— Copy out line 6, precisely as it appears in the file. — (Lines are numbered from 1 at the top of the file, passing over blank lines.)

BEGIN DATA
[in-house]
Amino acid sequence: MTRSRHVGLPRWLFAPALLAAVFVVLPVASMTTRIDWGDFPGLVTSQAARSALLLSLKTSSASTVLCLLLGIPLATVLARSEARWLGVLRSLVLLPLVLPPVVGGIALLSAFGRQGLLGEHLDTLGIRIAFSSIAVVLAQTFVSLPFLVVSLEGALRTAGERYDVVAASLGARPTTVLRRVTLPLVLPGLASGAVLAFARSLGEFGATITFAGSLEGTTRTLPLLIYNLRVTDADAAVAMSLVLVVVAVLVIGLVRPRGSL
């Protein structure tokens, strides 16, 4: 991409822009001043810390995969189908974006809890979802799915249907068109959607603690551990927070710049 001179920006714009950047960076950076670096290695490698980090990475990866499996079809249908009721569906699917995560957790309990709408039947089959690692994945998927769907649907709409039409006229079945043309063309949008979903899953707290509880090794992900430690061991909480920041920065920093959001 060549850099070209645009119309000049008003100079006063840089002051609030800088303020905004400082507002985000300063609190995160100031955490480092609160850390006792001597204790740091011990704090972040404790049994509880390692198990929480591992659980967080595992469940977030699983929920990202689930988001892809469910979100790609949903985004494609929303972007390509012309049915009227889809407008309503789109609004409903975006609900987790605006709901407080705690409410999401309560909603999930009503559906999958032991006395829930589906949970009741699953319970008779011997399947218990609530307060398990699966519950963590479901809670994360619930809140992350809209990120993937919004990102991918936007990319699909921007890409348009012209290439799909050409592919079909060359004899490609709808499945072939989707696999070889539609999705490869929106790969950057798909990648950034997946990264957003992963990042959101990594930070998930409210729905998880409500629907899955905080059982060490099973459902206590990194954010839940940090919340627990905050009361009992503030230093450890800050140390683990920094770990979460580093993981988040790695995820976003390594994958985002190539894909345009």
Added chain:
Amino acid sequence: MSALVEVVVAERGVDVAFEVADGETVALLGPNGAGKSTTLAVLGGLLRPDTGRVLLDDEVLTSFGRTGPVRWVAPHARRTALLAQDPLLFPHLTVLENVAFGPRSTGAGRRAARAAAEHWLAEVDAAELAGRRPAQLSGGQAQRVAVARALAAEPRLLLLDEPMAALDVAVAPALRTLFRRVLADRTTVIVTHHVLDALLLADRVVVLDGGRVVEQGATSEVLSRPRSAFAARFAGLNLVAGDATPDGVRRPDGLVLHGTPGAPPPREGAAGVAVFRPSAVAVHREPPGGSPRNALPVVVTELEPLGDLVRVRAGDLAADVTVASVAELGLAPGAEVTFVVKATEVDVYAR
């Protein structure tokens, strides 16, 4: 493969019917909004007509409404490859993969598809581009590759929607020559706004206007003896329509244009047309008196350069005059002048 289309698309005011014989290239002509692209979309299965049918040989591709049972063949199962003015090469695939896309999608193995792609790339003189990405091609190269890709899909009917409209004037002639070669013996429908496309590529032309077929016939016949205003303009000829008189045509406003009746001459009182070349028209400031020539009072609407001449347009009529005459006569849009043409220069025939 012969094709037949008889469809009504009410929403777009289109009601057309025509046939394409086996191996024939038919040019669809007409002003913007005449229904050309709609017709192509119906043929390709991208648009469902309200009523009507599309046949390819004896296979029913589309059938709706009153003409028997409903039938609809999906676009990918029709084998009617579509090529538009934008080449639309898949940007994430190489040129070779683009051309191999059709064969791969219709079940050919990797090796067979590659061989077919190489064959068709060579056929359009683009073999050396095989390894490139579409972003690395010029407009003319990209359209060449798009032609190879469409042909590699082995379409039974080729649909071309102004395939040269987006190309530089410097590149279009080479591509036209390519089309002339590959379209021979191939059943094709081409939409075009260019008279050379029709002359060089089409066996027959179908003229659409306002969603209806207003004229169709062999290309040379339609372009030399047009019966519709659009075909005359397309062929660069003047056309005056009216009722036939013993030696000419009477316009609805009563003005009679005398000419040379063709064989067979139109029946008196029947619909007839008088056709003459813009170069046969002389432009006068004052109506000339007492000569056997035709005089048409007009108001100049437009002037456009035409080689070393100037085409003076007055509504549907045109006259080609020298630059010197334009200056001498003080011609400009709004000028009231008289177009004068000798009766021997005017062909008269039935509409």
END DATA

């Protein structure tokens, strides 16, 4: 493969019917909004007509409404490859993969598809581009590759929607020559706004206007003896329509244009047309008196350069005059002048 289309698309005011014989290239002509692209979309299965049918040989591709049972063949199962003015090469695939896309999608193995792609790339003189990405091609190269890709899909009917409209004037002639070669013996429908496309590529032309077929016939016949205003303009000829008189045509406003009746001459009182070349028209400031020539009072609407001449347009009529005459006569849009043409220069025939 012969094709037949008889469809009504009410929403777009289109009601057309025509046939394409086996191996024939038919040019669809007409002003913007005449229904050309709609017709192509119906043929390709991208648009469902309200009523009507599309046949390819004896296979029913589309059938709706009153003409028997409903039938609809999906676009990918029709084998009617579509090529538009934008080449639309898949940007994430190489040129070779683009051309191999059709064969791969219709079940050919990797090796067979590659061989077919190489064959068709060579056929359009683009073999050396095989390894490139579409972003690395010029407009003319990209359209060449798009032609190879469409042909590699082995379409039974080729649909071309102004395939040269987006190309530089410097590149279009080479591509036209390519089309002339590959379209021979191939059943094709081409939409075009260019008279050379029709002359060089089409066996027959179908003229659409306002969603209806207003004229169709062999290309040379339609372009030399047009019966519709659009075909005359397309062929660069003047056309005056009216009722036939013993030696000419009477316009609805009563003005009679005398000419040379063709064989067979139109029946008196029947619909007839008088056709003459813009170069046969002389432009006068004052109506000339007492000569056997035709005089048409007009108001100049437009002037456009035409080689070393100037085409003076007055509504549907045109006259080609020298630059010197334009200056001498003080011609400009709004000028009231008289177009004068000798009766021997005017062909008269039935509409």